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Tuesday, October 5, 2010

Splattering Guts for Fun & Profit

I like maps. Particularly, I love historical atlases. Spend a few minutes browsing through something like The Penguin Atlas of Medieval History, watching the borders play leapfrog, and it quickly becomes obvious that this whole idea of absolute ethnic identities and immutable national boundaries is nonsense.

Not quite utter nonsense, mind you. Some boundaries remain unchanged for centuries, and for good reason. For example, even Napoleon, at the height of his power, was unable to bring sufficient men and materiel across the Pyrenees to maintain control of the Iberian Peninsula, and so the border between France and Spain today remains much the same as it was a thousand years ago, when it was the border between the kingdoms of France and Navarre.

But most of the time, political boundaries are merely either the figment of someone's imagination or else an artifact of someone else's army. To look at a map of, say, Europe, before Garibaldi and Bismarck and their respective wars of national unification, is to see a colorful crazy quilt of tiny monarchies, duchies, principalities, and whatnot. The Kingdom of The Two Sicilies? The Grand Duchy of Parma? (Famed for its cheese and at one point ruled by an "Arch-Treasurer"? Wow. Now there is an imagination-inspiring title for you!) The Kingdom of Hanover, and all the other tiny "nations" that once staked out their turf in the ruins of the Holy Roman Empire? Where are they now? Or to look at a map of, say, North America, before Abraham Lincoln's War of National Unification—

(Oh, wait, I got in trouble the last time I called it that. Better move on to the next point.)

Ergo, as we consider the current Friday Challenge, "Write the Winner," and Watkinson's winning entry, it might help, for a moment, to consider the map of Europe as it looked circa 1890. Note especially the Ottoman Empire, in the lower central to right-hand corner of the map.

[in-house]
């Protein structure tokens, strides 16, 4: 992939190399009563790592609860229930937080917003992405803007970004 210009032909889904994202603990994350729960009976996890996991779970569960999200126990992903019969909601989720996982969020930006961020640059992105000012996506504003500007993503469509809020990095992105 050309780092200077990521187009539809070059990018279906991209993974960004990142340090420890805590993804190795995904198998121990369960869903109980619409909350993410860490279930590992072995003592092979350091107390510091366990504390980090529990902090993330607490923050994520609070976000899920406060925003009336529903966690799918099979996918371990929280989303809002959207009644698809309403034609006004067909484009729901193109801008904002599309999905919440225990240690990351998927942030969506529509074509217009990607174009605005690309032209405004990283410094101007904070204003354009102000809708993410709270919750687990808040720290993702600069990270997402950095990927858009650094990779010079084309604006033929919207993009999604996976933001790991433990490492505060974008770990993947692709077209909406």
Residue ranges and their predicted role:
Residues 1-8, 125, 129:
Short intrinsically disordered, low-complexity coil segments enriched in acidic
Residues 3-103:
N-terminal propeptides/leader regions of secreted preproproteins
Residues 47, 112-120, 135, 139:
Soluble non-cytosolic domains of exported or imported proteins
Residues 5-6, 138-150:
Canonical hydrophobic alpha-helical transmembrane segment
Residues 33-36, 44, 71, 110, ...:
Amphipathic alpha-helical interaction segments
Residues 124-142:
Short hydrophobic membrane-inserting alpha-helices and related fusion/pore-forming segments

At its high-water mark in the 17th century, the westward expansion of the Ottoman Empire was stopped at the gates of Vienna, and the Black Sea was an Ottoman lake. After two centuries of defeats and reversals the Ottomans were still a formidable power, whose reach extended all the way to the Adriatic, but the European powers were nibbling away at the edges. France had taken Algeria and most of Morocco (Spain got the rest). Italy took Tunisia and what is now Libya. England got Egypt and the Suez. By the eve of World War I, twenty years later, Bulgaria, Serbia, and Greece had carved up most of the Ottoman territory west of Constantinople, leaving Albania as a pocket of Turkish-influenced culture on the coast, and the people of the Balkans had spent centuries chafing under Ottoman rule and viciously fighting each other.

And this was the world that Archduke Ferdinand stepped into when his driver made that fateful wrong turn in Sarajevo in 1914.

The First World War was the foundry in which the modern world was formed. In it, all the old empires of Eurasia were finally smashed to bits, melted down, and remade into nations new. Czarist Imperial Russia, which in many respects considered itself the rightful heir to Byzantium ("Czar" being merely the Slavicized form of "Caesar"), was already festering with revolts and mutinies, but the strain of the war pushed it over the edge and into the abyss of the 1917 communist revolution, the echoes of which still reverberate today. The Kaiser's Imperial Germany, which in many respects considered itself to be the rightful heir to the Holy Roman Empire (again, "Kaiser" being merely the Germanicized form of "Caesar," and in fact being much closer in pronunciation to the original ancient Latin than our modern, sloppy, Anglicized 'see-zer'), ended up stripped of its foreign possessions, dismembered and disarmed, and ripe territory for someone who could convince the Germanic peoples that they needed to rouse themselves from their torpor and create a new thousand-year reich, to replace the old Holy Roman Empire (in German, Heiliges Römisches Reich), which after all was only finally and formally dissolved in 1806.

The British Imperialists were perhaps somewhat smarter. They realized early on that the war would bankrupt them, and that the only way their empire would survive was by transferring their more onerous obligations to spinoff corporations—er, nations—mainly the United States and Australia.